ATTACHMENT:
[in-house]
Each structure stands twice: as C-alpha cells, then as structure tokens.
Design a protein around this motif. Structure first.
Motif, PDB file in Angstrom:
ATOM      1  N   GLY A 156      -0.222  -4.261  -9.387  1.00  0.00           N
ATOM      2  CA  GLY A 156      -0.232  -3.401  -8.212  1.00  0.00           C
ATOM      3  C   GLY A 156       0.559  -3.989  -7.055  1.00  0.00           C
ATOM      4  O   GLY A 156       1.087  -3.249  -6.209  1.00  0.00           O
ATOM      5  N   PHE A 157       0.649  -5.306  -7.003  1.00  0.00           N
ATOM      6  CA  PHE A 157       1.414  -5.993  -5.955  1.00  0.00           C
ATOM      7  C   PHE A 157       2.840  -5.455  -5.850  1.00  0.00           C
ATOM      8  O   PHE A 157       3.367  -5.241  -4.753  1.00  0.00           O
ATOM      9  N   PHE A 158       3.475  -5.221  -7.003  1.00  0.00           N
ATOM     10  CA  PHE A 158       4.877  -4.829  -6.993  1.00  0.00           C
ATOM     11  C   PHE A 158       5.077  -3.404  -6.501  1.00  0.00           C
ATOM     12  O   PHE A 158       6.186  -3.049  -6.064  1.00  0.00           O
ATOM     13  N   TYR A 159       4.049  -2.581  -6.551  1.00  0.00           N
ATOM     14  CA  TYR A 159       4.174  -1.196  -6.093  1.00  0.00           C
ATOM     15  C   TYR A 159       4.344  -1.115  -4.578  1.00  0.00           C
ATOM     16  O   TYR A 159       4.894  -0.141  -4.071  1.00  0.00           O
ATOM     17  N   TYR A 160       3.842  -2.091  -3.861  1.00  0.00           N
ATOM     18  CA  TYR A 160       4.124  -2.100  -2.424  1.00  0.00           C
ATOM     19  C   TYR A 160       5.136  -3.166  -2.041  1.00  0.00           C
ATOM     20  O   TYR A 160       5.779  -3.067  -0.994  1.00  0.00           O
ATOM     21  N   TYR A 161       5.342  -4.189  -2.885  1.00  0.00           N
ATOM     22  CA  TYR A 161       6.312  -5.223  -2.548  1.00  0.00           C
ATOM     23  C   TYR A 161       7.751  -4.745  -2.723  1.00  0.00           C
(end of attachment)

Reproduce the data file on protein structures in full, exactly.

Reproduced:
[in-house]
Each structure stands twice: as C-alpha cells, then as structure tokens.
Design a protein around this motif. Structure first.
Motif, PDB file in Angstrom:
ATOM      1  N   GLY A 156      -0.222  -4.261  -9.387  1.00  0.00           N
ATOM      2  CA  GLY A 156      -0.232  -3.401  -8.212  1.00  0.00           C
ATOM      3  C   GLY A 156       0.559  -3.989  -7.055  1.00  0.00           C
ATOM      4  O   GLY A 156       1.087  -3.249  -6.209  1.00  0.00           O
ATOM      5  N   PHE A 157       0.649  -5.306  -7.003  1.00  0.00           N
ATOM      6  CA  PHE A 157       1.414  -5.993  -5.955  1.00  0.00           C
ATOM      7  C   PHE A 157       2.840  -5.455  -5.850  1.00  0.00           C
ATOM      8  O   PHE A 157       3.367  -5.241  -4.753  1.00  0.00           O
ATOM      9  N   PHE A 158       3.475  -5.221  -7.003  1.00  0.00           N
ATOM     10  CA  PHE A 158       4.877  -4.829  -6.993  1.00  0.00           C
ATOM     11  C   PHE A 158       5.077  -3.404  -6.501  1.00  0.00           C
ATOM     12  O   PHE A 158       6.186  -3.049  -6.064  1.00  0.00           O
ATOM     13  N   TYR A 159       4.049  -2.581  -6.551  1.00  0.00           N
ATOM     14  CA  TYR A 159       4.174  -1.196  -6.093  1.00  0.00           C
ATOM     15  C   TYR A 159       4.344  -1.115  -4.578  1.00  0.00           C
ATOM     16  O   TYR A 159       4.894  -0.141  -4.071  1.00  0.00           O
ATOM     17  N   TYR A 160       3.842  -2.091  -3.861  1.00  0.00           N
ATOM     18  CA  TYR A 160       4.124  -2.100  -2.424  1.00  0.00           C
ATOM     19  C   TYR A 160       5.136  -3.166  -2.041  1.00  0.00           C
ATOM     20  O   TYR A 160       5.779  -3.067  -0.994  1.00  0.00           O
ATOM     21  N   TYR A 161       5.342  -4.189  -2.885  1.00  0.00           N
ATOM     22  CA  TYR A 161       6.312  -5.223  -2.548  1.00  0.00           C
ATOM     23  C   TYR A 161       7.751  -4.745  -2.723  1.00  0.00           C